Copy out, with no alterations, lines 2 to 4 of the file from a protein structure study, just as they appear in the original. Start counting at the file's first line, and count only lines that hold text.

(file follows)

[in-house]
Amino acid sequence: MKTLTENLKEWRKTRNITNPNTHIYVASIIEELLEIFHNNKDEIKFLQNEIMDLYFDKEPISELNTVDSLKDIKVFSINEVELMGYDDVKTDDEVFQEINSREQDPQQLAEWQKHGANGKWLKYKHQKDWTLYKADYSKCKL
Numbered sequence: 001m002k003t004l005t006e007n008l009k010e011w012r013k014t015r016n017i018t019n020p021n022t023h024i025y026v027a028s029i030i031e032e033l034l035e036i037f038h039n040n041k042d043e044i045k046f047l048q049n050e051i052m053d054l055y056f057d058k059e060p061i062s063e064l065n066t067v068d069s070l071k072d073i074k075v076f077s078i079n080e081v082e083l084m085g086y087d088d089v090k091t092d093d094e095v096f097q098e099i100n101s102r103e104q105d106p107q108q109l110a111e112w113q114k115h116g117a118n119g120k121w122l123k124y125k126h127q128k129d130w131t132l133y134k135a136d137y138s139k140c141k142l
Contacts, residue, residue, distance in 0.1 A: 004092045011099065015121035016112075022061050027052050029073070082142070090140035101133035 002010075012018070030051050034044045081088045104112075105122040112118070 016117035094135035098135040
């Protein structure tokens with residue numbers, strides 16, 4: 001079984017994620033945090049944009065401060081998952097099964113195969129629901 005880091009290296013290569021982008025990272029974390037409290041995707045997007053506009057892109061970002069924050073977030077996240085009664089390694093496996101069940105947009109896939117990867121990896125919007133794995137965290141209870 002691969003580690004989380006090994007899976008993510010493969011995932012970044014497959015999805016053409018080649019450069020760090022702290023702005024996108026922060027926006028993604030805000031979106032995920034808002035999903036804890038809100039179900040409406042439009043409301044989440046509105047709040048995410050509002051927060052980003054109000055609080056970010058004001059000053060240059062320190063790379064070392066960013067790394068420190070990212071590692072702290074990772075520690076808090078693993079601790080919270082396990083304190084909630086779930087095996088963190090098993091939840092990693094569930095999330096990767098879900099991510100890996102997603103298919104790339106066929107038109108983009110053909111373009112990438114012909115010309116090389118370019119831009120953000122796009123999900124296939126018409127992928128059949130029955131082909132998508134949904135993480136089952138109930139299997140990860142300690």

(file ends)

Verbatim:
Amino acid sequence: MKTLTENLKEWRKTRNITNPNTHIYVASIIEELLEIFHNNKDEIKFLQNEIMDLYFDKEPISELNTVDSLKDIKVFSINEVELMGYDDVKTDDEVFQEINSREQDPQQLAEWQKHGANGKWLKYKHQKDWTLYKADYSKCKL
Numbered sequence: 001m002k003t004l005t006e007n008l009k010e011w012r013k014t015r016n017i018t019n020p021n022t023h024i025y026v027a028s029i030i031e032e033l034l035e036i037f038h039n040n041k042d043e044i045k046f047l048q049n050e051i052m053d054l055y056f057d058k059e060p061i062s063e064l065n066t067v068d069s070l071k072d073i074k075v076f077s078i079n080e081v082e083l084m085g086y087d088d089v090k091t092d093d094e095v096f097q098e099i100n101s102r103e104q105d106p107q108q109l110a111e112w113q114k115h116g117a118n119g120k121w122l123k124y125k126h127q128k129d130w131t132l133y134k135a136d137y138s139k140c141k142l
Contacts, residue, residue, distance in 0.1 A: 004092045011099065015121035016112075022061050027052050029073070082142070090140035101133035 002010075012018070030051050034044045081088045104112075105122040112118070 016117035094135035098135040